"It'd be so awesome... It's something I think will happen one day," Kolisi said.

His father, Fezakele, is making his first overseas trip to take in the final at first hand.


My dads are on their way  Utata's first overseas trip - what a time to be alive 

A post shared by Rachel Kolisi (@rachel_kolisi) on 

In Zwide, whether enjoying the warm atmosphere of the Ekupholeni or the outdoor big-screen community party, it matters to the townspeople that the Springboks get the job done on Saturday.

But what matters most for now is that Kolisi, the talisman of the team in green and gold, is proudly one of their own.

England and South Africa are tantalisingly close to glory as they prepare to face off in the Rugby World Cup final.

Ahead of Saturday's much-anticipated showdown in Yokohama, we asked Lewis Moody - a World Cup winner with England in 2003 and a losing finalist against the Springboks four years later - to talk us through what it will take to emerge victorious in rugby's biggest game.

Here is the former flanker's guide to securing World Cup success.



Players from both sides will try to prepare for the contest as if it is any other game, although Moody acknowledges this is "easier said than done".

"Everyone, including the players, knows what's at stake," said Moody, speaking on behalf of Land Rover, Official Worldwide Partner of Rugby World Cup 2019.

"The hardest thing is keeping your energy in check so you don't burn yourself out, whether that's through anxiety, nerves or excitement. You can sort of play the game in your head and then your body has emotionally played it already. So you've got to keep that composure and unleash it at the start of the game.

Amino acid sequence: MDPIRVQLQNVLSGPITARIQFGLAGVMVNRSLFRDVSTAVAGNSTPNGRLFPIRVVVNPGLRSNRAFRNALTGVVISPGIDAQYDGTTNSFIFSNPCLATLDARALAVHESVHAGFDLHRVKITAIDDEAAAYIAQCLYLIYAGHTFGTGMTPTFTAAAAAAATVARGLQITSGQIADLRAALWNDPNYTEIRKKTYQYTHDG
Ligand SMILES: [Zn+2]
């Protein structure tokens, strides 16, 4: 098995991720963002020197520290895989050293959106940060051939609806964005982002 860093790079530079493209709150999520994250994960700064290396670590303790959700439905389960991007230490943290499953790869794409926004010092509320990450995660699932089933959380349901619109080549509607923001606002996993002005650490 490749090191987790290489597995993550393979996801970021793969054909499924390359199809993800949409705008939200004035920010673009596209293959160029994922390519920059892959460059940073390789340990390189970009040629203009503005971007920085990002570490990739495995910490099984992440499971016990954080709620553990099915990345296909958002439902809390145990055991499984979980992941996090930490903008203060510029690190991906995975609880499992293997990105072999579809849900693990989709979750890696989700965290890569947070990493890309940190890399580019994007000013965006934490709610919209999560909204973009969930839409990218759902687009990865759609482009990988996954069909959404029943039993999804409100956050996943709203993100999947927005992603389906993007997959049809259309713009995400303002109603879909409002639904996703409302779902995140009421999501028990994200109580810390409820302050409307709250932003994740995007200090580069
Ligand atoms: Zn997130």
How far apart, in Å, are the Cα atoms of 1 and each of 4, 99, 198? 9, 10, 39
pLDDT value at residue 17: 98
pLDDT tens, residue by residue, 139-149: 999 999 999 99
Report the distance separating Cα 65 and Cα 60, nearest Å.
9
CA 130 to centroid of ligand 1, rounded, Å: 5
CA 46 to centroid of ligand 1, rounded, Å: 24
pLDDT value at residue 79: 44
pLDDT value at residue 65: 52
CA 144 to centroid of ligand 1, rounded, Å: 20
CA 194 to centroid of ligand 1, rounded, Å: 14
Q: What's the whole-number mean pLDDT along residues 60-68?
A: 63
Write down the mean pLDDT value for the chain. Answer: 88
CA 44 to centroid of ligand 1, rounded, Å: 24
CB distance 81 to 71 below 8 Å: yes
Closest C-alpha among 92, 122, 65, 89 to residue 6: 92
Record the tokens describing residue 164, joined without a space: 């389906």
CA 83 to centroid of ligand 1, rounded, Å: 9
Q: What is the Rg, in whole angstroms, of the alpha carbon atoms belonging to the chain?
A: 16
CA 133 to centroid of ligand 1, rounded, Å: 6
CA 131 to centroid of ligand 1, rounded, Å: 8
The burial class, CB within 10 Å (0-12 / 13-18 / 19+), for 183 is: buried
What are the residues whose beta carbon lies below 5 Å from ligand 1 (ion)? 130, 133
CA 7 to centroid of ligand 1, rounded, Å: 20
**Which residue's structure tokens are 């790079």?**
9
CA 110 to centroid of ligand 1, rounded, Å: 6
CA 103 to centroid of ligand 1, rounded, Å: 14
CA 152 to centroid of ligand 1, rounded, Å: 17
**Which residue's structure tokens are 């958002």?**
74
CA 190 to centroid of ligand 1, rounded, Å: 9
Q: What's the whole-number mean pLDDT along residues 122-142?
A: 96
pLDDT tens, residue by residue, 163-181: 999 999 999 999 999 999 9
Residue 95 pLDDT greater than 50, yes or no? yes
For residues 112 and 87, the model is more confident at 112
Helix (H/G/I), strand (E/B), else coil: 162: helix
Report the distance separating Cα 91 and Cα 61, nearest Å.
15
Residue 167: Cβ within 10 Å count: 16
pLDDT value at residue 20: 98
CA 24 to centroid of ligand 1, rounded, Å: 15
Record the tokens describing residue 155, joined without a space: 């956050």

"You have to figure out what works for you, how do you keep those emotions in check? For me, it was going to the cinema the night before a game, completely switching my brain off from anything rugby-related and just having a laugh.

"All the work has been done, you know all the moves, you're fit. It's just about figuring out what mindset you need to be in to deliver on that day and for me it was about being as relaxed as possible. Each player prepares in a different way - and just allowing them to do what's normal for them is key."



If the days leading up to the game are tense, the final hours in the lead-up to kick-off present the toughest mental challenge of all.

"Without doubt the worst part for me was the evening before and then the morning of [the game], because that's when the anxiety [is at its highest]," explained Moody.

"You're in your room, all you're thinking about is preparing for the game. Have you got your kit bag ready? Have you got your tracksuit and everything you're going to be wearing? Is it the right stuff? Have you got a spare pair of boots in case one breaks, a spare gumshield? It's just going through this list of things and then going to sleep and hoping you actually get some.

"You just want that time to disappear; you want to be on the pitch. Your comfort zone is when you've crossed that white line and you're right into the thick of it doing what you know. Up until then you can't control anything and your body is just playing tricks.

"Your mind is trying to maintain all those positive moments, the impacts you want to have, but the other half of your mind is allowing the gremlins to creep in. You don't want to be the person who makes the mistake [that costs your team the game]. So you're fighting a battle in your own brain until you cross that white line. That's when it all relaxes and your body just goes into doing what it does, that muscle memory takes over and life becomes simple."


Amid heightened emotions, maintaining discipline looks sure to be vital, while Moody also feels much will depend on whether South Africa can deny England quick ball at the breakdown.

"Ultimately it will come down to discipline, because it's going to be a tightly fought game," he argued.

"The key for me will be the speed of ball that the forwards can get for the backs and that will come down to the breakdown. New Zealand, for whatever reason, swapped Sam Cane out [in the semi-final] and it meant England had free rein at the breakdown, really. We also had 19 turnovers against the All Blacks, which is an unprecedented number.